Raksi Bahini a para-military force raised in Bangladesh soon after the liberation to serve as a law enforcing agency. Jatiya Raksi Bahini Order of 8 March 1972 was intended to restore law and order in the face of an alarmingly deteriorating situation in the country. Immediately after liberation, the law and order suffered a breakdown and the country ran fast into a desperate situation. The government resolved to raise a new para-military force, Raksi Bahini, under the direct control of the government. The Jatiya Raksi Bahini Order 1972 (President's Order No. 21 of 1972) was promulgated giving it retrospective effect from 1 February 1972. The Order, however, lacked the basic framework of law within which a peacekeeping force could develop into an institution. The law provided that the Bahini would be employed to assist the civil authority in the maintenance of internal security and would also assist the armed forces when called upon by the government to do so, that its superintendence would vest in the government and that it would be administered, commanded and controlled by its Director (later designated as Director General) in accordance with the rules to be made as required by Article 17 of the Order and instructions to be issued by the government from time to time. Any officer of the Raksi Bahini while performing any function could, without a warrant, arrest any person whom he reasonably suspected of having committed a cognizable offence under any law, search any person, place, vehicle or vessel and seize anything found in the possession thereof in respect of which or by means of which he had reason to believe an offence punishable under any law had been committed.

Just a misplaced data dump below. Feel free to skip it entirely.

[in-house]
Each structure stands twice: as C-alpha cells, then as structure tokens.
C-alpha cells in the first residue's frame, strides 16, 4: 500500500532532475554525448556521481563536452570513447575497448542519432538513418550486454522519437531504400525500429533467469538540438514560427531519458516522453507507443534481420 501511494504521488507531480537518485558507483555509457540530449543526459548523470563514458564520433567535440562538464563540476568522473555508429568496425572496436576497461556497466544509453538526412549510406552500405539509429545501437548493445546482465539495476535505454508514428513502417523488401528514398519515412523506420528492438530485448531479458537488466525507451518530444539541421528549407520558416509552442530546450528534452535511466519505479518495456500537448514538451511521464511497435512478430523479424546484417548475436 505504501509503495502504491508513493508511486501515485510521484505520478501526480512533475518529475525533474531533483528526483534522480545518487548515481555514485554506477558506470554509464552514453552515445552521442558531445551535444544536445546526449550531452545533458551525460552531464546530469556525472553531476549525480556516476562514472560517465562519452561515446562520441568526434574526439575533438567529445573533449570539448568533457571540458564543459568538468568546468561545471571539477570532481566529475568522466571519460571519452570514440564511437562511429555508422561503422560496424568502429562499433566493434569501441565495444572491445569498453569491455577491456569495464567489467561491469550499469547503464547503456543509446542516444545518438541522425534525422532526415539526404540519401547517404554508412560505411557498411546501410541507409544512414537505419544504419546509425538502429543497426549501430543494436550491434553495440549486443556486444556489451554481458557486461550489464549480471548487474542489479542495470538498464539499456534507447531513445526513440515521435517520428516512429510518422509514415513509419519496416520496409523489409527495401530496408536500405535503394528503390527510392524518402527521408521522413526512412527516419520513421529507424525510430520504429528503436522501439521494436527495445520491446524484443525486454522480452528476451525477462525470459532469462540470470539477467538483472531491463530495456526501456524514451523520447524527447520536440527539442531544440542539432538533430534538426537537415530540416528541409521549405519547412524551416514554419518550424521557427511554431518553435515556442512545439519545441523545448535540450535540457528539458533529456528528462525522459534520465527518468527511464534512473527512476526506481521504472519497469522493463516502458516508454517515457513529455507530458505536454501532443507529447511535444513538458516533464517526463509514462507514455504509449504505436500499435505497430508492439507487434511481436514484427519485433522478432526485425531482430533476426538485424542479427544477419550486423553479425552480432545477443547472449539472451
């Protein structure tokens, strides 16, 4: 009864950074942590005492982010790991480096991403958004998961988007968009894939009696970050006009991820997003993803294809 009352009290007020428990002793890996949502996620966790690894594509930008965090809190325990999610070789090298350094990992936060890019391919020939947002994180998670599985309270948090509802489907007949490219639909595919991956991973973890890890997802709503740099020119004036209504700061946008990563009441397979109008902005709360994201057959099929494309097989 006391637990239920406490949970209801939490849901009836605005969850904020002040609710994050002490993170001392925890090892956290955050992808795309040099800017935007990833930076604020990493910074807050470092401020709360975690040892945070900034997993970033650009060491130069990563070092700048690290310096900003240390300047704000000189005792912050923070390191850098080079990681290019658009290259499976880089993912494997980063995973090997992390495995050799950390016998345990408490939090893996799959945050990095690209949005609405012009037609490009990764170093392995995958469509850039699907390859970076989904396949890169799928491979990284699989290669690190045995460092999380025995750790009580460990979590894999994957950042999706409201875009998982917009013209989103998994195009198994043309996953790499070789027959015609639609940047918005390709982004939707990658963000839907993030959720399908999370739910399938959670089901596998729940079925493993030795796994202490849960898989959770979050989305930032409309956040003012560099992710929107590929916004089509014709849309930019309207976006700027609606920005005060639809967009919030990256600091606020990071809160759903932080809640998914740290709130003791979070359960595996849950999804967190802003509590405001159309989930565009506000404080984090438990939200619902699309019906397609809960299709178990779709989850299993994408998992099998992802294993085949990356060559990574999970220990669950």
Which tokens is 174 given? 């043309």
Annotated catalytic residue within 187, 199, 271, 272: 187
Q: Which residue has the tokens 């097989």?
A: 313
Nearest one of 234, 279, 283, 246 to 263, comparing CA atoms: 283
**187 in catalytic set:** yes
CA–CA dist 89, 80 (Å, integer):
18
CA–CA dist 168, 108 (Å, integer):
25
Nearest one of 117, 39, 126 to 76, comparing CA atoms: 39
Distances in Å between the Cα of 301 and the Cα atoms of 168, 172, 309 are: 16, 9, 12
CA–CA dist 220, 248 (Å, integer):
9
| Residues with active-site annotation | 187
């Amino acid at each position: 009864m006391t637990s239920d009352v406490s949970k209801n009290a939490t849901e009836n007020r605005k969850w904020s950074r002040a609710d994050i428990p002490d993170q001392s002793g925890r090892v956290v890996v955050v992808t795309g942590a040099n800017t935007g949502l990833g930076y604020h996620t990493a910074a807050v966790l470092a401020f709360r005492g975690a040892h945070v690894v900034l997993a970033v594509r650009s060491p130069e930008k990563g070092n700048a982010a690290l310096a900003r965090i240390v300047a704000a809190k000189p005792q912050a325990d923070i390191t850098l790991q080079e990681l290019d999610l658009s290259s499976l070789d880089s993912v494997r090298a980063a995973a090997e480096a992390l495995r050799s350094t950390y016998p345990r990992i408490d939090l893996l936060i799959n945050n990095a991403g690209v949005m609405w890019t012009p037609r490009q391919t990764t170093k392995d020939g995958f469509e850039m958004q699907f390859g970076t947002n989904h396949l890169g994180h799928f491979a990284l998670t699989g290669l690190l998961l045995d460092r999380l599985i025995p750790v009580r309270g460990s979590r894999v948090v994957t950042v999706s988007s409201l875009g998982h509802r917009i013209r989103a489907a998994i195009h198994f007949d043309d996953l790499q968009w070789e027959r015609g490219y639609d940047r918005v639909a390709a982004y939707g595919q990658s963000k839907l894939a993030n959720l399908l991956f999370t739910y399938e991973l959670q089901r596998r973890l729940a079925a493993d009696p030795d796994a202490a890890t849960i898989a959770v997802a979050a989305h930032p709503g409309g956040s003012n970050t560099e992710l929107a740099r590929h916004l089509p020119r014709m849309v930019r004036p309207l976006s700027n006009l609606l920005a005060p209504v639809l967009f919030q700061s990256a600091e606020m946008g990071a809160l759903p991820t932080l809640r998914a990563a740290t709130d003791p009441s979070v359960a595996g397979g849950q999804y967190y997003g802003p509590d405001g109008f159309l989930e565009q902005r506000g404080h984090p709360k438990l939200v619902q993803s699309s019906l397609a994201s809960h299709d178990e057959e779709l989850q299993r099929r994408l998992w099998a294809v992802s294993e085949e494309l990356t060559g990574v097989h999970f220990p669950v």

Initially the Bahini showed some positive results, especially in recovering a large quantity of arms and smuggled goods and restraining the hoarders and black marketeers; but it soon started losing people's confidence as it became apparent that it was being used for political purposes. Acting like storm troopers the members of the Bahini would often surround a whole village combing for arms and 'miscreants'. In the process, they tended to commit serious excesses with no regulation to control their conduct or to make them accountable to authorities. They were also accused of torturing people for obtaining their confessions apart from themselves resorting to looting and extortion.
When public criticism of the role and activities of the Raksi Bahini reached its height and the newspapers started reporting their excesses, the government promulgated on 18 October 1973 Jatiya Raksi Bahini (Amendment) Ordinance 1973 to confer retrospective legality on the activities of the Bahini and providing that no suit, prosecution or other legal proceedings would lie against any member of the Bahini for anything done in good faith or intended to have been done so. Because of the organisational weakness in the Bahini's hierarchical authority and its fast deteriorating public image, an increasing number of desertions from the force were taking place. In order to restore discipline in the force the government further amended the original Order (Jatiya Raksi Bahini (Amendment) Ordinance 1975). The articles defined a large number of major and minor offences for which the officers and the Raksis could be tried in special courts or summary courts.
As the law and order and economic crisis deepened and a famine was claiming lives in thousands, President Bangabandhu sheikh mujibur rahman tried to back away from his reliance on the Raksi Bahini by publicly criticising their violent excesses and calling upon the army to contain and control criminal elements in and outside the government. After the assassination of Bangabandhu Sheikh Mujibur Rahman on 15 August 1975 the Raksi Bahini was disbanded and integrated into the army. The formal dissolution of the Bahini came with the promulgation of Jatiya Raksi Bahini (Absorption in the Army) Ordinance, 1975 (Ordinance No. LII of 1975) on 4 October 1975 which also repealed the original Presidential Order of 8 March 1972 that had created the Bahini. [Enamul Haq]